x Abu Dhabi, UAESunday 21 January 2018

Peril in merging professional and personal lives online

As we immerse ourselves in the vast data pool that is the digital world, the division between our social and work selves is fading, and groups are waiting to exploit all data.

LONDON // A key theme emerging at the Infosecurity Europe conference taking place this week in London is a security nightmare created by the blurring of work and personal life. Unwary internet users are exposing themselves and organisations for which they work to unnecessary security risks by leaving a trail of increasingly valuable information about themselves whenever they go online.

"We are all leaving digital footprints everywhere we go," said Bruce Schneier, the chief technology officer at BT Counterpane, part of the UK telecoms operator BT Group. "You are not Google's customer. You are Google's product, which they sell to their [advertising] customers." Data protection heads from across the world are expressing continued concern at Google's use of privileged personal data from users of Gmail, its e-mail service, as the foundation of Google's new social networking site, Buzz.

According to a report prepared for the London conference by PricewaterhouseCoopers, Information Security Breaches 2010: "Staff postings to social networking sites pose a new data leakage risk." This kind of risk poses a huge threat to companies involved with deals or projects that are at a sensitive stage. Neil Hampson, a partner at PricewaterhouseCoopers, gives an example of a client who was unaware of the potential security threat that his use of a social networking site posed to his company.

"One of our clients was effectively broadcasting his geographical presence on a daily basis on LinkedIn. As he worked in the M&A [mergers and acquisitions] business, this meant that rivals could deduce which international corporate mergers he was working on from his postings on the social networking site," Mr Hampson said. He added: "Most people do not yet understand that what they put on the internet is forever. It is more difficult to manage multiple personalities than in the pre-digital age."

He also quoted the example of staff working in the defence sector compromising their firm's security by using their internet access to download and share illegal copies of films. According to PricewaterhouseCoopers, a trend for companies to allow staff more access to the internet, established between 2006 and 2008, has now reversed itself as organisations become aware of the inherent risk. What many executives do not fully understand is that the internet does not automatically distinguish between their professional lives and their personal activities online.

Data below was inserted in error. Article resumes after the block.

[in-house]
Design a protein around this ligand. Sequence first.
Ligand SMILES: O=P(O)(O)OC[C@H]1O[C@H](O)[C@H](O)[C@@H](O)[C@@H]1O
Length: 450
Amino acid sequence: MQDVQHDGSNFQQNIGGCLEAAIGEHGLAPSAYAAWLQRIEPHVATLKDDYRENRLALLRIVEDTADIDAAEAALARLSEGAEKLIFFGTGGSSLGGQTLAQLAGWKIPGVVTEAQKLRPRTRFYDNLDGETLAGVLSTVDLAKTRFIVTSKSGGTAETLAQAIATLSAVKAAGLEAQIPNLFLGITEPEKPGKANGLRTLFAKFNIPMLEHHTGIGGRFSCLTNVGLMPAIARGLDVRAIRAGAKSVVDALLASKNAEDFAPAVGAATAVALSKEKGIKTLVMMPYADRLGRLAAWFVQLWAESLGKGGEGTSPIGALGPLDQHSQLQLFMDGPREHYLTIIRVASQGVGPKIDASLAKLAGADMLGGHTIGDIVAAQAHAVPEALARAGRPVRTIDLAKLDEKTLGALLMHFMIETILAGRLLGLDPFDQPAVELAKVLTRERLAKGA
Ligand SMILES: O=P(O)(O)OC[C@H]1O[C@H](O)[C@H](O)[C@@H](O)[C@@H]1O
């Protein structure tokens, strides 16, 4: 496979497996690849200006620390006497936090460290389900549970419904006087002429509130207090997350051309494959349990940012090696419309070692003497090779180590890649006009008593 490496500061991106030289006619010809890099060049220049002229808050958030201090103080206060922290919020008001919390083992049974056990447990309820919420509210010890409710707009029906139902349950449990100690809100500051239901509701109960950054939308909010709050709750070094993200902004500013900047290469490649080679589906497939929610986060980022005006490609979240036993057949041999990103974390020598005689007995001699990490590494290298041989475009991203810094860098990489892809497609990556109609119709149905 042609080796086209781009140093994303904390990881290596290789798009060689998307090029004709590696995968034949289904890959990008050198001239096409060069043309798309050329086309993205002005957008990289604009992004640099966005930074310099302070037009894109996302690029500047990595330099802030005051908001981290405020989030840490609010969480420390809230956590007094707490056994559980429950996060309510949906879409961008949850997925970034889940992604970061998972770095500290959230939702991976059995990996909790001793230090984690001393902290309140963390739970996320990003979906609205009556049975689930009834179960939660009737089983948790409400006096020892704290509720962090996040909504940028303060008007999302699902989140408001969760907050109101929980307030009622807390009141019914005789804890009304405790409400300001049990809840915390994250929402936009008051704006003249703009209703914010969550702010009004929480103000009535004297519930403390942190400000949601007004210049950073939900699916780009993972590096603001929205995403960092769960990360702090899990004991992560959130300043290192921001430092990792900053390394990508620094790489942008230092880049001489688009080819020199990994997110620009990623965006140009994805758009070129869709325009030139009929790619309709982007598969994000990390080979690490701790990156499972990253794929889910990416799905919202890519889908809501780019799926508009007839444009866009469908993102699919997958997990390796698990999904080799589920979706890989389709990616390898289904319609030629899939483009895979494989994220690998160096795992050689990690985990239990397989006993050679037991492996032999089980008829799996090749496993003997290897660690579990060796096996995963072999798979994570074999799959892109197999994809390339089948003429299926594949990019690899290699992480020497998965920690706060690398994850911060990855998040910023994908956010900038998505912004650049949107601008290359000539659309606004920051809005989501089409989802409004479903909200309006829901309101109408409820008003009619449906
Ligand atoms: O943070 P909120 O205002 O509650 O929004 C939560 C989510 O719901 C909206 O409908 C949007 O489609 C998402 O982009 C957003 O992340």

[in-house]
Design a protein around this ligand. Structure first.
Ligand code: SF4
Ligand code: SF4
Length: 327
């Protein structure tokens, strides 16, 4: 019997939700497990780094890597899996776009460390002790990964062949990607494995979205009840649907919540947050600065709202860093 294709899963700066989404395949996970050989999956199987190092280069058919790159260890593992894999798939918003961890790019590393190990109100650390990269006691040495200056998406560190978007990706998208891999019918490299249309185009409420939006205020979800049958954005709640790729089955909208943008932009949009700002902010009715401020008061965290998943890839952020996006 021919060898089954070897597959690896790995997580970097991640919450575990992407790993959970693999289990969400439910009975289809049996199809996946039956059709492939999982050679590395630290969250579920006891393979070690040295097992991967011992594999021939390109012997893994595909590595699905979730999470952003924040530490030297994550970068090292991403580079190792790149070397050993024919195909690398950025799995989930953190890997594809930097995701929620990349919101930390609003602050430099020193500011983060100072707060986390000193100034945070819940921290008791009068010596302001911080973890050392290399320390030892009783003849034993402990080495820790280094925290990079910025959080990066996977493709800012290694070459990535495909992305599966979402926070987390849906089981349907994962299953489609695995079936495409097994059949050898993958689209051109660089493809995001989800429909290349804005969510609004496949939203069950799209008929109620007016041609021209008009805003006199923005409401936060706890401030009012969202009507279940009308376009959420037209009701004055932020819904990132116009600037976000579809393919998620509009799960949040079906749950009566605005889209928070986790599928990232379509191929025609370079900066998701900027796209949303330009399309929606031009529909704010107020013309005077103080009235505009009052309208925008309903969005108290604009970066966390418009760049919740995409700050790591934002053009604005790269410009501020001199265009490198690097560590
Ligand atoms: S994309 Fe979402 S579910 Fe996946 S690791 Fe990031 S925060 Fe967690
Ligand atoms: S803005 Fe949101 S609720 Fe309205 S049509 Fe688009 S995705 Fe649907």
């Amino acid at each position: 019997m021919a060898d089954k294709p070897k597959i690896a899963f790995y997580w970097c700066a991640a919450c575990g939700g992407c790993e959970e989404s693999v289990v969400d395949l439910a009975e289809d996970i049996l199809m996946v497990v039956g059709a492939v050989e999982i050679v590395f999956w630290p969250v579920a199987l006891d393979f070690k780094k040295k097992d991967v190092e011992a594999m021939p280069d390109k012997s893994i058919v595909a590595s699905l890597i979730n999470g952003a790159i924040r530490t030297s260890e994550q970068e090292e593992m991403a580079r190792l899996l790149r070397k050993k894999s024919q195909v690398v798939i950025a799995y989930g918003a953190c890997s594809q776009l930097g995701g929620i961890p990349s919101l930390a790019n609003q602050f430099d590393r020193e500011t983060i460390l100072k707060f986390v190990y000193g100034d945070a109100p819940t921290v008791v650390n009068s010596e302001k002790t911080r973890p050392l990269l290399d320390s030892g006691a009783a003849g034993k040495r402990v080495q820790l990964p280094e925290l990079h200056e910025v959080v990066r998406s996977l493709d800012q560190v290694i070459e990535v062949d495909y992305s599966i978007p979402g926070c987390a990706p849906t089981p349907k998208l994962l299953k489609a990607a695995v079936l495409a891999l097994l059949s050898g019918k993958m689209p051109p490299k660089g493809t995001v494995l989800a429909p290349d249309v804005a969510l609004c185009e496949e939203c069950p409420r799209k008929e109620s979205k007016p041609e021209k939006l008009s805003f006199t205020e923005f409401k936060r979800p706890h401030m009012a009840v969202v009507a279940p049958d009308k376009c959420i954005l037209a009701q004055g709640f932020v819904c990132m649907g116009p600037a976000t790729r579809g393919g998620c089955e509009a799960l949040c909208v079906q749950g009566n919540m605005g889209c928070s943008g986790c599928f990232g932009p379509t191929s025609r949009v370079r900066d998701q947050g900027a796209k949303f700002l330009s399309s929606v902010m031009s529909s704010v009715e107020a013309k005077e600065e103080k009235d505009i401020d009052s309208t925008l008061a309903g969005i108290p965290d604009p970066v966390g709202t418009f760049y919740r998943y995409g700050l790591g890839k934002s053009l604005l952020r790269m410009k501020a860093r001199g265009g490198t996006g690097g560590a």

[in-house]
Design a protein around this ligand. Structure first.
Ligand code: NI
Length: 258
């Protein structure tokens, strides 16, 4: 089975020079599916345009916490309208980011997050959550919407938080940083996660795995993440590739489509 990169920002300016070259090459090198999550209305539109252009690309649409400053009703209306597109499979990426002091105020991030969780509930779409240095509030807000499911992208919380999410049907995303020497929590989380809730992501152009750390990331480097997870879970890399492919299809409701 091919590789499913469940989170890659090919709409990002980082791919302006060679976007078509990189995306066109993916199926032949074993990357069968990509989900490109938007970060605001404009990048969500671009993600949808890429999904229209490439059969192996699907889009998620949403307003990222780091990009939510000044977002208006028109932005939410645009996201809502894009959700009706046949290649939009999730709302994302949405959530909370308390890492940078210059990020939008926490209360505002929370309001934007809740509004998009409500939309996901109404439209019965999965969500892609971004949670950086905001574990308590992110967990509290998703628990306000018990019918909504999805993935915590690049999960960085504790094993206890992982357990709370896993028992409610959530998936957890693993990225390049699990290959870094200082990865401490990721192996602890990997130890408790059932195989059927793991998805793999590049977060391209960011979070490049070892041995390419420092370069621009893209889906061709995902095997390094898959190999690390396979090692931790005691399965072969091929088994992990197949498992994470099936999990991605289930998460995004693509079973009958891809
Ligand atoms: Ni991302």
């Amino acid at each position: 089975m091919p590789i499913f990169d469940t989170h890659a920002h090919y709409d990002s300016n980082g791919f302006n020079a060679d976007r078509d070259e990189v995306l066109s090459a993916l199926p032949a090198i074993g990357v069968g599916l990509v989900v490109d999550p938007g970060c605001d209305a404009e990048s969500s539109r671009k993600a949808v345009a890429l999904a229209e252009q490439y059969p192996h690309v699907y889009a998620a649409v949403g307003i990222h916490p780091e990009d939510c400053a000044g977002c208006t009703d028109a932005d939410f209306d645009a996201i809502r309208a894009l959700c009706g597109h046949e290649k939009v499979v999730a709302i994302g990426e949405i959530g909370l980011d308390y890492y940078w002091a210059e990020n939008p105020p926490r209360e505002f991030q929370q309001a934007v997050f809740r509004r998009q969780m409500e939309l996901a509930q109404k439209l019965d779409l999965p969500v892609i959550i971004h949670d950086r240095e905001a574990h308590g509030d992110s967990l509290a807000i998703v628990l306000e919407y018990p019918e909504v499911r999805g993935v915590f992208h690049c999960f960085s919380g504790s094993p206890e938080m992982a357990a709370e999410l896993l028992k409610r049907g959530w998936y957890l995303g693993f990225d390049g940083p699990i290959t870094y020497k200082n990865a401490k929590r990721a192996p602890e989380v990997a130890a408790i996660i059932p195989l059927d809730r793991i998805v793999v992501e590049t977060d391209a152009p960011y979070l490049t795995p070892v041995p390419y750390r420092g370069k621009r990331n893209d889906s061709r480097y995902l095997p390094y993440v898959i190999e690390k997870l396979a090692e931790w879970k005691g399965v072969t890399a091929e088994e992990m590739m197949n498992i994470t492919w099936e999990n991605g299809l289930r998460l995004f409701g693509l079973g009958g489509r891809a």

There are now growing fears being voiced at the security conference taking place in London that sophisticated data-mining software tools will allow unscrupulous organisations to trawl through the vast amount of information on the Web to gain competitive advantage. According to PricewaterhouseCoopers, "The blurring of personal and work life has grown in prominence, especially with the rise in home working and the people increasingly using their own ICT [information and communications technology] for work purposes. With increased mobile devices, loss or theft could result in exposure of data."

It is feared that the interception of data that passes over Wi-Fi or 3G networks and the illicit capture of data over Bluetooth connections will increase in parallel with the increase in the use of mobile devices. A root cause of this risk is the reluctance of the IT industry to distinguish between products and services aimed at business users and those made for consumers. Apple iPhones, BlackBerry phones, iPods and MP3 music players all pose security threats for commercial and governmental organisations.

Mobile phones that store personal contacts, music and photographs also often contain highly sensitive work data. Devices such as BlackBerry smartphones, originally intended for business use, are now being increasingly marketed to consumers, while the Apple iPhone, essentially a consumer device, is being targeted at professionals. It is feared that new technologies such as cloud computing, where an organisation's data and software are stored on remote servers controlled by a third party, also pose a huge potential security challenge.